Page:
Blue Plaques

HENDRIX, Jimi (1942-1970)

Plaque erected in 1997 by English Heritage at 23 Brook Street, Mayfair, London, W1K 4HA, City of Westminster

Circular blue plaque to Jimi Hendrix View of two blue plaques on neighbouring buildings on shop-fronted street

All images © English Heritage


Guitarist, Songwriter


Music and Dance


JIMI HENDRIX 1942-1970 Guitarist and Songwriter lived here 1968-1969



The guitarist and songwriter Jimi Hendrix became an overnight sensation with the release of his band’s first single, ‘Hey Joe’, in 1966. His innovative fusion of blues and experimental rock – coupled with his extraordinary live performances – has continued to have a profound influence on popular music long after his death. 

Black and white photograph of Jimi Hendrix sitting on chair in cluttered room, wearing broad-rimmed hat
Jimi Hendrix in his London flat at 23 Brook Street in 1969. When asked by a journalist about the plaque to Handel next door he replied, ‘to tell you the God’s honest truth, I haven’t heard much of the fella’s stuff’ © Barrie Wentzell


Born in Seattle, Washington, USA, James Marshall Hendrix spent the most successful years of his working life in London. He first arrived in the capital in September 1966, three months after having been ‘discovered’ by the British musician Chas Chandler, who had been impressed by Hendrix’s innovative guitar style and dynamic stage presence. By October, the Jimi Hendrix Experience had been created – with Noel Redding on bass and Mitch Mitchell on drums.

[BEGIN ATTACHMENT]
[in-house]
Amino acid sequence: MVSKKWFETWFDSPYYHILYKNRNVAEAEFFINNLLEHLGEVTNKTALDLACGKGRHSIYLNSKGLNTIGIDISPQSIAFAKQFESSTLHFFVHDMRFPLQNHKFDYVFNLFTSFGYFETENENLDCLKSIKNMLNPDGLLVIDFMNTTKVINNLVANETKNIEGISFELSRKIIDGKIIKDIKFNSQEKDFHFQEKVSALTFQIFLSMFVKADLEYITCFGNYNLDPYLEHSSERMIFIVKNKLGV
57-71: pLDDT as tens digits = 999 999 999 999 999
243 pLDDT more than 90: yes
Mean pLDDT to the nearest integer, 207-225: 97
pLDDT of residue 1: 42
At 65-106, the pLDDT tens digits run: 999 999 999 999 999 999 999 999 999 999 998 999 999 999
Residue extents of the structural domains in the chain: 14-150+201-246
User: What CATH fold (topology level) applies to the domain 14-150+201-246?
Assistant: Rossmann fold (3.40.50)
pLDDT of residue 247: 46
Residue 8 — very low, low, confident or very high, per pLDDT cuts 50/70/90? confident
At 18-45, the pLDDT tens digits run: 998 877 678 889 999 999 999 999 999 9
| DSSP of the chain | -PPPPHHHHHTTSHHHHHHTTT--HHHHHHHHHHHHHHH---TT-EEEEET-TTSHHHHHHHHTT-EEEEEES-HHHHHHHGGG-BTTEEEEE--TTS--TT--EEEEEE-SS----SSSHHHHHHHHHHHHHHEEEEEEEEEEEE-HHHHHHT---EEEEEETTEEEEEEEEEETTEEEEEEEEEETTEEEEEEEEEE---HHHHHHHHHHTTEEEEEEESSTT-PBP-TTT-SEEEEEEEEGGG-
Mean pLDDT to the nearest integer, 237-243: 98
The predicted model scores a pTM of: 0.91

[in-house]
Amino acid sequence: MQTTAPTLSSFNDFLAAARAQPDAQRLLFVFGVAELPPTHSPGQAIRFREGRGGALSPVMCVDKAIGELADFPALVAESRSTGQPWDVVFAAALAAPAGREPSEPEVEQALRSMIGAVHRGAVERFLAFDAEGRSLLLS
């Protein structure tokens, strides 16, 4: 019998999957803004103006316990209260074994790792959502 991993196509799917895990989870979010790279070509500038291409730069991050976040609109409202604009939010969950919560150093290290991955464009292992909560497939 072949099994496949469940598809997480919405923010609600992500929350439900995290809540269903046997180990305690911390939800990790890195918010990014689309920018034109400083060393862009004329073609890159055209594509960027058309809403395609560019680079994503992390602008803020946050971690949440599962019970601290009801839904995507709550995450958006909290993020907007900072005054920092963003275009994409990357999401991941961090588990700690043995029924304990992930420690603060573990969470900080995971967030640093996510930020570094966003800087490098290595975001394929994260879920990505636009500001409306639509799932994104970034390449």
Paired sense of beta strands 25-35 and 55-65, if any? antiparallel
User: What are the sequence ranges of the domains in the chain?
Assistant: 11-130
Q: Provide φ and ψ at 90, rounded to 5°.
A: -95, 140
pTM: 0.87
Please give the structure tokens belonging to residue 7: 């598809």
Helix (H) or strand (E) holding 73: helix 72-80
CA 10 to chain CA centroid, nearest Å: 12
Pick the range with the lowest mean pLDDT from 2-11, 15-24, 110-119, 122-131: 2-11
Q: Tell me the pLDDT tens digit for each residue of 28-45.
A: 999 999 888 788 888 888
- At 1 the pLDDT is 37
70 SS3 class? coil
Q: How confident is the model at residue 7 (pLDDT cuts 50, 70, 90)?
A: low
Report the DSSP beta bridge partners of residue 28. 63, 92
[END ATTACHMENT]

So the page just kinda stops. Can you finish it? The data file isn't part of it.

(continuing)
The band’s first single, ‘Hey Joe’, was met with acclaim, while the second, ‘Purple Haze’, became Jimi’s signature tune. 1967 saw virtually constant touring in Britain, Europe and America and the release of the Experience’s first albums, Are You Experienced and Axis: Bold as Love. With these records Hendrix explored and then broke all previous boundaries of the electric guitar. It was his innovative twist on rock ’n’ roll that paved the way for many acts of the 1970s and onwards.

In 1968 Hendrix joined his girlfriend, Kathy Etchingham (b. 1946), at the flat she had taken in June on the top two floors of number 23 Brook Street. Jimi lived in the flat for some months – helping to decorate and furnish it to his own taste – before leaving to tour the USA in March 1969.

He was to return to London for only brief spells in 1970, spending his last night at the Samarkand Hotel, 22 Lansdowne Crescent in Notting Hill, where he died of a drug overdose at the age of just 27.

Black and white photograph of Jimi Hendrix playing guitar
Hendrix performing live in New York on 1 January 1968, a few months before moving into 23 Brook Street in Mayfair, London © Elliott Landy/Redferns/Getty Images


Hendrix’s plaque at 23 Brook Street is next door to that to George Frideric Handel, creating one of the most famous pairings of blue plaques in London. Several journalists interviewed Hendrix in Brook Street while he was living there, and many commented on the neighbouring plaque to Handel. To one Jimi confessed, ‘I didn’t even know this was Handel’s pad. And, to tell you the God’s honest truth, I haven’t heard much of the fella’s stuff.’

The unveiling of Hendrix’s plaque was one of the most impressive events of its kind. The traffic was stopped while the curtain’s cord was pulled by Noel Redding and The Who’s Pete Townshend in the presence of a huge crowd. The onlookers included Jimi’s father, James Al Hendrix, and the musicians Jimmy Page and Ray Davies.

The flat now forms part of the Handel House Museum, and Hendrix’s bedroom/living room has recently been restored by the Handel House Trust to look as it did when he lived there. It opened to the public on 10 February 2016.

Nearby Blue Plaques

Nearby Blue Plaques